WASHINGTON -- The rumor mill has been working overtimeover the process of naming Bernadine Healy's successor asdirector of the National Institutes of Health (NIH). HaroldVarmus has been billed -- on and occasionally off -- as thefront runner.

The Nobel Prize winner in medicine in 1989 for his co-discovery with colleague Michael Bishop of oncogenes has somehighly refined qualifications for the job. His scientific skills fitthe health agency's mission of basic biomedical research, aswell as the interests of the biotechnology community. He alsohas strong support from the scientific community.

However, the appointment has taken a long time to becomeofficial.

"Everyone we have talked to on the Hill seems to be convincedthat it's Varmus," Peter Kyros, a former congressman whosefirm is lobbying for Varmus, told BioWorld. "I don't know whythey are waiting so long."

But "the longer Varmus goes without being picked, the lesslikely it is," one source told BioWorld.

"It takes longer than two days for everybody up the chain toreview (the selections)," a source inside the Department ofHealth and Human Services (HHS) told BioWorld. "It's been acredible process, based on the right criteria."

Yet it's only two steps from assistant secretary for healthdesignate Philip Lee, who has primary responsibility formaking the choice, through HHS Secretary Donna Shalala, to thepresident. Shalala and President Clinton both must approve theselection.

A staffer for Varmus supporter Rep. Nancy Pelosi, D-Calif.,argued that only 10 days have passed since the field waswinnowed from four candidates to Varmus and psychologistJudith Rodin.

President Bush effectively politicized the position of NIHdirector when he asked James Wyngaarden, Reagan'sappointee, to resign. Bush spent months searching for a directorwho would support a ban on fetal tissue research.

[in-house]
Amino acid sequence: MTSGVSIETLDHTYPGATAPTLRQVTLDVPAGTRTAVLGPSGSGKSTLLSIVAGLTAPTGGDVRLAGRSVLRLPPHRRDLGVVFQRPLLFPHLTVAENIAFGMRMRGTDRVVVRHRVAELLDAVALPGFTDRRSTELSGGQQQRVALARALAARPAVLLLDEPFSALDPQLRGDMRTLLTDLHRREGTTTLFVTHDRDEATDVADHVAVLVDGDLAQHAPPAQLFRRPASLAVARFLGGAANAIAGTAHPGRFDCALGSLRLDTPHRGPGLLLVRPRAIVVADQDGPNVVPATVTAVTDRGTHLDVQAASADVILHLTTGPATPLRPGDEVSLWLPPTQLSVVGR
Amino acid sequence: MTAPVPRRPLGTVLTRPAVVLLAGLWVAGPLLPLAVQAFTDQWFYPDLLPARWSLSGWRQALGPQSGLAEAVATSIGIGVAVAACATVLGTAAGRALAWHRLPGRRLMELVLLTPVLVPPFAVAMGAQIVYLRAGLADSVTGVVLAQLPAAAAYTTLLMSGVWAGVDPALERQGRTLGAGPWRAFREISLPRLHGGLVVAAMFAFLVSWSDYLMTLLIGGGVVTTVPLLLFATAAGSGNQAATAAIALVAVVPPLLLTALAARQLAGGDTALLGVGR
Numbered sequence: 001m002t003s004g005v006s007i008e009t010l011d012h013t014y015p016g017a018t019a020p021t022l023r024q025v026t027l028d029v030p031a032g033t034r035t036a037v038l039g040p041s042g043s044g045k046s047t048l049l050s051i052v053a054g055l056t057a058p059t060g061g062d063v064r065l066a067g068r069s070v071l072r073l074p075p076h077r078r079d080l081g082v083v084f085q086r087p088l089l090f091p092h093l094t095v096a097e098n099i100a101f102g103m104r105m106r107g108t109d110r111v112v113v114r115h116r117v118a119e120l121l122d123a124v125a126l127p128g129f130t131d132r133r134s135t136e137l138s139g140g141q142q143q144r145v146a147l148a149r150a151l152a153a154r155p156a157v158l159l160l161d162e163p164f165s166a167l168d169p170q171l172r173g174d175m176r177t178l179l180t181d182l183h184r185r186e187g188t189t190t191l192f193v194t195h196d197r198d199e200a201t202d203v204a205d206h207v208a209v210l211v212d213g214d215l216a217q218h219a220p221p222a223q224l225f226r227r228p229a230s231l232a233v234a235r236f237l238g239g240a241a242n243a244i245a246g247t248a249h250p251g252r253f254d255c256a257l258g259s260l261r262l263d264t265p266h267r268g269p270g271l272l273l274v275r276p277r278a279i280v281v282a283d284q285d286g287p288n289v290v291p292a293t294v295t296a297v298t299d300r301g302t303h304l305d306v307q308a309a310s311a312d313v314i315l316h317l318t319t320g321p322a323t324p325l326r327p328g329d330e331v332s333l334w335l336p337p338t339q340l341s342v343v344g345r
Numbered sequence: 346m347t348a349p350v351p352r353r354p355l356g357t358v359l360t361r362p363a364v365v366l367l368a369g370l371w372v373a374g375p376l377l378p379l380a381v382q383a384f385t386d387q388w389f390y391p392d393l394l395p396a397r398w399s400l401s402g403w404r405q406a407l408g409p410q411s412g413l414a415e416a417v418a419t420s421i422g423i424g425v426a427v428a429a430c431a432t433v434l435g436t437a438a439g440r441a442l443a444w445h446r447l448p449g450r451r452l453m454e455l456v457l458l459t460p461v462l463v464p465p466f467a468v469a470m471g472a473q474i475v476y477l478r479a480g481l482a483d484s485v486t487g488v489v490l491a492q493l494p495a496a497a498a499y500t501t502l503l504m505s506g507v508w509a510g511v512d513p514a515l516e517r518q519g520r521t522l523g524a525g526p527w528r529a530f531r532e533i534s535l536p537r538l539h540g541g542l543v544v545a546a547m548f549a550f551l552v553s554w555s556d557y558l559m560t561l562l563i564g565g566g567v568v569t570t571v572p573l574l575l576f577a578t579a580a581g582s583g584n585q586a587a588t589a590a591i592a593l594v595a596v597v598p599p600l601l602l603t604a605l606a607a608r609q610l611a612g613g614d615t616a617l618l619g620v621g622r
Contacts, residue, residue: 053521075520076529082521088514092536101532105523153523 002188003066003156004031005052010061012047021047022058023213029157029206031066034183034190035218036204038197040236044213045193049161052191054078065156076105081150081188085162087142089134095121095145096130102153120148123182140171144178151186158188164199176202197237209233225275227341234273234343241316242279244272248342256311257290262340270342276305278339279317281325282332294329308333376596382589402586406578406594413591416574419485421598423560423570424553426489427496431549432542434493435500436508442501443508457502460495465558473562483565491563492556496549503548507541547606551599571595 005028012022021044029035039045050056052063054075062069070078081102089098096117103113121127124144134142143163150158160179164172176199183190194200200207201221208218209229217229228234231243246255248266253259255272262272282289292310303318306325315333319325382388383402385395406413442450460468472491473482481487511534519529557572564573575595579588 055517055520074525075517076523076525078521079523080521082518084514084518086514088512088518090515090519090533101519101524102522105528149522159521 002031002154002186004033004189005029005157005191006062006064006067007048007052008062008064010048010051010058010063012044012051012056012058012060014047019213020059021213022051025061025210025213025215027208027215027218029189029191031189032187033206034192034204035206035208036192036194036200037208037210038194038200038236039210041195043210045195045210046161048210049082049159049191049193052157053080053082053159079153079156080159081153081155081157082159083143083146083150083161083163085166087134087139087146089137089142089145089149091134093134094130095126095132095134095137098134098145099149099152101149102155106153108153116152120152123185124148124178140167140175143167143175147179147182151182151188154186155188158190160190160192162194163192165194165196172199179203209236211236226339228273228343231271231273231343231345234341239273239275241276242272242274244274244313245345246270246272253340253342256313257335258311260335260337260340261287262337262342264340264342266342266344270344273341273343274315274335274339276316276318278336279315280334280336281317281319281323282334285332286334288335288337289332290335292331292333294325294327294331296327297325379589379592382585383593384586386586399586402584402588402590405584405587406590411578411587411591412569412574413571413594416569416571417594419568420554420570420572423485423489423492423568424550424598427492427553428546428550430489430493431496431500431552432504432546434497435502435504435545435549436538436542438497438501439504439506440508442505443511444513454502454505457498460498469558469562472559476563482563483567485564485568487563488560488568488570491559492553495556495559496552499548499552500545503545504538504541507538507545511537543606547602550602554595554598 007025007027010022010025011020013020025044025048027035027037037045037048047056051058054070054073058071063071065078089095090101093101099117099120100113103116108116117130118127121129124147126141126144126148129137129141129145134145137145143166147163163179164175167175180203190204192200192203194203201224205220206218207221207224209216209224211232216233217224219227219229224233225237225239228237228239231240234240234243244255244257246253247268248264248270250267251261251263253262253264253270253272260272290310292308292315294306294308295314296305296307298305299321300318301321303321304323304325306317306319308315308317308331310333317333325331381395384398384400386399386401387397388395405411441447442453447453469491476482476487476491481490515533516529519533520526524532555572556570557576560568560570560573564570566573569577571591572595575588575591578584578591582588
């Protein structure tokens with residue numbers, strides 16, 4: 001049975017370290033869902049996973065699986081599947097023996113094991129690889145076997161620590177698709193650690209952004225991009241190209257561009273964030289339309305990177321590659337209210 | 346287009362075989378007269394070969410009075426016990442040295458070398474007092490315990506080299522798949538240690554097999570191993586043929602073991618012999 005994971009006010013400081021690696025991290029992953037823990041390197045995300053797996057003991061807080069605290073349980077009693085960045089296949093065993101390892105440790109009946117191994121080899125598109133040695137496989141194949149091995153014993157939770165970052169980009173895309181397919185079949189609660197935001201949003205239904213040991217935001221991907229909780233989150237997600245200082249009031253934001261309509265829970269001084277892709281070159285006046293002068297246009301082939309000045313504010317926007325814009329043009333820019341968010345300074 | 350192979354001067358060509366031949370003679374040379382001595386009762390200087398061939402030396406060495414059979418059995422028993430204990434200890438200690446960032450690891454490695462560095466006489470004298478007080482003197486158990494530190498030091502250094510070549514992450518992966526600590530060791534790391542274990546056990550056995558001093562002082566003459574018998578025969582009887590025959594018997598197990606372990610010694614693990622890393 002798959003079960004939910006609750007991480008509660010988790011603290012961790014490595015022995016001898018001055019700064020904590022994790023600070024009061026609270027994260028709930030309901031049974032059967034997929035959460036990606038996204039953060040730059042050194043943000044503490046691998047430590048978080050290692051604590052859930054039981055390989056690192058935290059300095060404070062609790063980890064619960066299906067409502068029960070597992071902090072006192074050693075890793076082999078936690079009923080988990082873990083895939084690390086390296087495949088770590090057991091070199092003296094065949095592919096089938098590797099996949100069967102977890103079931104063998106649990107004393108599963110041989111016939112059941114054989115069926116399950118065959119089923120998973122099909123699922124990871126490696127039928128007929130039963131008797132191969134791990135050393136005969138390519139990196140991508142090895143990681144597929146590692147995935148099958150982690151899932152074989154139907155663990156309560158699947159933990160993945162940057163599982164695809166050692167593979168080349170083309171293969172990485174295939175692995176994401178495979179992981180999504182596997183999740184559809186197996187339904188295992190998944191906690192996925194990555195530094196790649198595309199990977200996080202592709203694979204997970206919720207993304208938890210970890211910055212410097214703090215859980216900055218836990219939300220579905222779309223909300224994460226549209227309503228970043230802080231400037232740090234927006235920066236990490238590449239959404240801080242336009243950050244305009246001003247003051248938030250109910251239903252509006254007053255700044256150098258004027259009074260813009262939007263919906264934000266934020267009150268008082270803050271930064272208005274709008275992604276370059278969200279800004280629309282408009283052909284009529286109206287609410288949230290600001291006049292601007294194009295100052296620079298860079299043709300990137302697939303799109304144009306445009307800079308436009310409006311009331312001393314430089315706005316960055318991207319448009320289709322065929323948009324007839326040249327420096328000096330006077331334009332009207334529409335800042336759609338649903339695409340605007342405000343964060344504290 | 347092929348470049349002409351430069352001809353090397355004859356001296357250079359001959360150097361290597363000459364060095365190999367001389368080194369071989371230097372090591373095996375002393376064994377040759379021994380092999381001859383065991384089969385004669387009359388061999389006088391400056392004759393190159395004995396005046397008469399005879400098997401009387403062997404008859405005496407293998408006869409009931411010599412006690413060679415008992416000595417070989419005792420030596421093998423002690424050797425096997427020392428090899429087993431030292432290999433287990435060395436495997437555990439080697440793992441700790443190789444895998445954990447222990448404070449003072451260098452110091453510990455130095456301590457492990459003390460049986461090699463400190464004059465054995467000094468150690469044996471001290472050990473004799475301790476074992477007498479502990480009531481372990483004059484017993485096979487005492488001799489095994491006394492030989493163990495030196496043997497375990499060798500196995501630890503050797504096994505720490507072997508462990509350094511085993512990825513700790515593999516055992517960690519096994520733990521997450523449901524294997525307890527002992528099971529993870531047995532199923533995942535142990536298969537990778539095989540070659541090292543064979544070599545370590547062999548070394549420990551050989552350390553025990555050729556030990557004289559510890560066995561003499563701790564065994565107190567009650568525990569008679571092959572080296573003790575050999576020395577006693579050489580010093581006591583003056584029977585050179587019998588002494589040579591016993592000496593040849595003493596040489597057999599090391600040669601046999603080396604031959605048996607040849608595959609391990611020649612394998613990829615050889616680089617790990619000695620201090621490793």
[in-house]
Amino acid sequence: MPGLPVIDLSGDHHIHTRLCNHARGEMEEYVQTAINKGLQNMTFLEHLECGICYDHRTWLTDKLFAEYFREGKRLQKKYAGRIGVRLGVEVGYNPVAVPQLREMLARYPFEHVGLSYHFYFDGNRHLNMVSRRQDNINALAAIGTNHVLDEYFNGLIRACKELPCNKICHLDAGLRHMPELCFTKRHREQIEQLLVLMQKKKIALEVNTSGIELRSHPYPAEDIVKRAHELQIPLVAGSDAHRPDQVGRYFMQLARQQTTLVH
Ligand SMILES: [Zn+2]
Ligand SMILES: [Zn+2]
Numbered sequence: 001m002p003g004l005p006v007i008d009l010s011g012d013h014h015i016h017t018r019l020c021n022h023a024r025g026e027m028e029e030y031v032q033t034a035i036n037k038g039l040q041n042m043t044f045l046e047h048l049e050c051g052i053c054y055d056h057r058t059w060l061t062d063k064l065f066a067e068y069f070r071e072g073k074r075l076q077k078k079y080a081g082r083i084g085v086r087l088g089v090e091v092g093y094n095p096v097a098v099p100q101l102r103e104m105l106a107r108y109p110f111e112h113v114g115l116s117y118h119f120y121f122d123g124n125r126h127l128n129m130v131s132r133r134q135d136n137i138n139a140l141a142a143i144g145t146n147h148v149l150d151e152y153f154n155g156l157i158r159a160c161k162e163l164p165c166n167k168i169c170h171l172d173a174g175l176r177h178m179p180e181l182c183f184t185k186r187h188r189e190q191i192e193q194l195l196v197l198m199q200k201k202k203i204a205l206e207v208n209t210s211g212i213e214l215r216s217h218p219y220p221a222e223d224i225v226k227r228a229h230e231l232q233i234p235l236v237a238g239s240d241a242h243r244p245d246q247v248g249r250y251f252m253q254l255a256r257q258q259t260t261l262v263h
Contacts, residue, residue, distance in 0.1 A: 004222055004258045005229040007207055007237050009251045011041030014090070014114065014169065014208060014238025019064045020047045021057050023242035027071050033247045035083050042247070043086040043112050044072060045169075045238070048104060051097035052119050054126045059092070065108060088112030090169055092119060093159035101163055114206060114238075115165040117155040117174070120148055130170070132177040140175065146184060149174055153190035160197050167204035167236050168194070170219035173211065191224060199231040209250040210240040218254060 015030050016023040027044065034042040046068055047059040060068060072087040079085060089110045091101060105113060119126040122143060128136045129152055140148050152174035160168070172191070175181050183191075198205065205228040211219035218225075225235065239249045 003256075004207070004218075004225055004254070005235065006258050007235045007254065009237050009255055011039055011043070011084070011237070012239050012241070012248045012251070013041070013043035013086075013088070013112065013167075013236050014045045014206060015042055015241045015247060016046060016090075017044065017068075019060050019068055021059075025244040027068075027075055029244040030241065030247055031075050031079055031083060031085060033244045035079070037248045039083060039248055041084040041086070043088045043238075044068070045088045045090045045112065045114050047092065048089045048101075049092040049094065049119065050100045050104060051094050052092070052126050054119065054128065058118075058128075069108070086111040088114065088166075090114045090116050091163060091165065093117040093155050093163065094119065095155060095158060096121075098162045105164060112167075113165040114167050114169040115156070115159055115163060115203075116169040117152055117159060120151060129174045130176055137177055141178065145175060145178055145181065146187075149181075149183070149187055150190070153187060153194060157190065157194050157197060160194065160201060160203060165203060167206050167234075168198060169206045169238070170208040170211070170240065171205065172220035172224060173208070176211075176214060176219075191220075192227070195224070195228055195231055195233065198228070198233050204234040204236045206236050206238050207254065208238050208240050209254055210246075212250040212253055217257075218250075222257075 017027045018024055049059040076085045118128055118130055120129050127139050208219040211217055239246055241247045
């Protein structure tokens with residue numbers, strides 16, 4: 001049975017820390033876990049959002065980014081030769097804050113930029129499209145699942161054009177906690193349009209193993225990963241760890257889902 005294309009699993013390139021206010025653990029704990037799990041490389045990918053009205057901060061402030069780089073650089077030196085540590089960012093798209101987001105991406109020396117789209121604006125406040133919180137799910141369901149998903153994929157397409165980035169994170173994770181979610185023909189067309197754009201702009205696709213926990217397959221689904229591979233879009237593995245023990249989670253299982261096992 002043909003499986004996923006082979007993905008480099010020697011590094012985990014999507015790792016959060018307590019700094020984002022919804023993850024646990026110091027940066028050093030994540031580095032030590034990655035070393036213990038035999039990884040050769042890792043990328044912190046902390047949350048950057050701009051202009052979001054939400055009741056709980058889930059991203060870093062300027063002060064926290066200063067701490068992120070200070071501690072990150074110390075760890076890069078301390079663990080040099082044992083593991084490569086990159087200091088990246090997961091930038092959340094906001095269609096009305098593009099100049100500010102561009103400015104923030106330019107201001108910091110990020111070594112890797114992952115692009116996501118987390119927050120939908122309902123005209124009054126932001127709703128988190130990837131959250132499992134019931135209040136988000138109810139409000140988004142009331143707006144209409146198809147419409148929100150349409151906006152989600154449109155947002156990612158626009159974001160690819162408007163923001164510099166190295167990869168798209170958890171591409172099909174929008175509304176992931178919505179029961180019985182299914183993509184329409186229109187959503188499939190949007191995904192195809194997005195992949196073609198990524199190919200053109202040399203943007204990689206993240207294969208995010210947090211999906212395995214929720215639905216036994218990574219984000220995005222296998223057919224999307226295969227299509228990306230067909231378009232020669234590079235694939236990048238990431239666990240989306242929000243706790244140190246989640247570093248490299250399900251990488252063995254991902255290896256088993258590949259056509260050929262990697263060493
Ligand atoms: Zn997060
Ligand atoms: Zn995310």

This time there is no such litmus test, the HHS source toldBioWorld. Though they are unwritten, the criteria should be"obvious: excellence in research, the ability to manage,outstanding leadership."

Although Rodin lacks the biomedical background that manyconsider crucial to the NIH job, the No. 2 contender and provostof Yale University has experience in large-scale administration,which Varmus lacks.

Another characteristic that many say is essential in a directorof NIH is the ability to work well with Congress and keep theagency well funded. A source on Hillary Rodham Clinton's TaskForce on Health-Care Reform described Varmus as "a pricklyfellow." But while Rodin reputedly has superior social andpolitical skills, Varmus would have the ear of Pelosi, a memberof the House Appropriations Committee.

The source on the health-care task force added that the 20-plus directors of NIH's institutes prefer a weak director so thatthey can be in stronger positions.

-- David C. Holzman Washington Editor

(c) 1997 American Health Consultants. All rights reserved.

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